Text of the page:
Date of Award

Spring 2008

Document Type


Degree Name

Doctor of Philosophy (PhD)


International Studies

Committee Director

Regina C. Karp

Committee Member

David C. Earnest

Committee Member

Joshua G. Behr


Contractors compose part of the total force for U.S. warfare capability in Iraq.

Some augment U.S. warfare capability; others do not. Some of the contractors are controlled by the military; others are controlled by civilian (nonmilitary/political) government agencies. The problem: Who are the contractors and how has the nature of government oversight and control over contractors determined whether contractor contributions augment or diminish U.S. warfare capability in the Iraq War?

Argument: It is the degree of government control over contractors that determines whether the contractors' contributions have a positive or negative impact on warfare capability. Ultimately the findings support this argument.

My method is a single case study that compares two groups of individual cases. The first group is composed of firms that have military contract administrators; the second has nonmilitary/political administrators. The individual cases are framed by a research question set to trace contractor control and contributions to changes in warfare capability. The firms are identified by function type and contract administrator.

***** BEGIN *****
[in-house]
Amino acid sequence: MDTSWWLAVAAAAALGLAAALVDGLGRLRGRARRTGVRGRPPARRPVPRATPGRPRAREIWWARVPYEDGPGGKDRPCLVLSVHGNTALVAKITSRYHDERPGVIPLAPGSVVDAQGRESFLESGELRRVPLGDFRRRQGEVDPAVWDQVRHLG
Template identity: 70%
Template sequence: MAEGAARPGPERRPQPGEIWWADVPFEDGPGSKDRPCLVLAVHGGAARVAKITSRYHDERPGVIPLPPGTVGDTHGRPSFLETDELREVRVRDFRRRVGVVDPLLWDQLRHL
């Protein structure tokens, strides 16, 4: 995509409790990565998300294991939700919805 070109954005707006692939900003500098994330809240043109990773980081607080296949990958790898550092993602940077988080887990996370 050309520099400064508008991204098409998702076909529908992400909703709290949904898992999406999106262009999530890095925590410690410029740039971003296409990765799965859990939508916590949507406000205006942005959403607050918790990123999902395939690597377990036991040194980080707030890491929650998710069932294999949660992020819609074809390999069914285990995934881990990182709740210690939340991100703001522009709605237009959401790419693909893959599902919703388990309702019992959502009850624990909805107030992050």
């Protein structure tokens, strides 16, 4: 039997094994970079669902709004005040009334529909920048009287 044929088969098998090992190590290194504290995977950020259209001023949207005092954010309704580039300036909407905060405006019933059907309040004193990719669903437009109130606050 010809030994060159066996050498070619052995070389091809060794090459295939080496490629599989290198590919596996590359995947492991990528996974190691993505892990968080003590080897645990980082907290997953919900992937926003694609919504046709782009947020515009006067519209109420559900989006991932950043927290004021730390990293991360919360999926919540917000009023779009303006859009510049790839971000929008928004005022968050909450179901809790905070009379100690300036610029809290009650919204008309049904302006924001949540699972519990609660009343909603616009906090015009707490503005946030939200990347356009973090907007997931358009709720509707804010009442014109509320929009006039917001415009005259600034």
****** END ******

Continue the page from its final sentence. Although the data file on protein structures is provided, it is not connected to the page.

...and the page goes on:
The military had procedures for controlling contractors when the war started, but failed to follow through on them. Contractor fraud and the Abu Ghraib scandal were the result. With congressional oversight and military control, contractors contributed to the size of the military force structure and augmented warfare capability. Contractors modernized military capability with technology support; in addition, they provide specialized skills such as language capability and oil well maintenance. All of these functions augment warfare capability. However, both military dependence on contractors and contractor lobbying are fundamental threats to military readiness and warfare capability.

Nonmilitary/political administrators had no force structure, plans, or procedures for contractor control at the start of the war; control policy was written as an afterthought. Contractors provided the force structure, building skills, and police training essential for the warfare capability goal of rebuilding and stabilizing Iraq. However, armed security firms that were used to protect rebuilders became a threat to political order because the nonmilitary/political control policies for contractors did not change with the political situation. Thus, the nonmilitary/political administrators' failure to control contractors is linked to the erosion of warfare capability.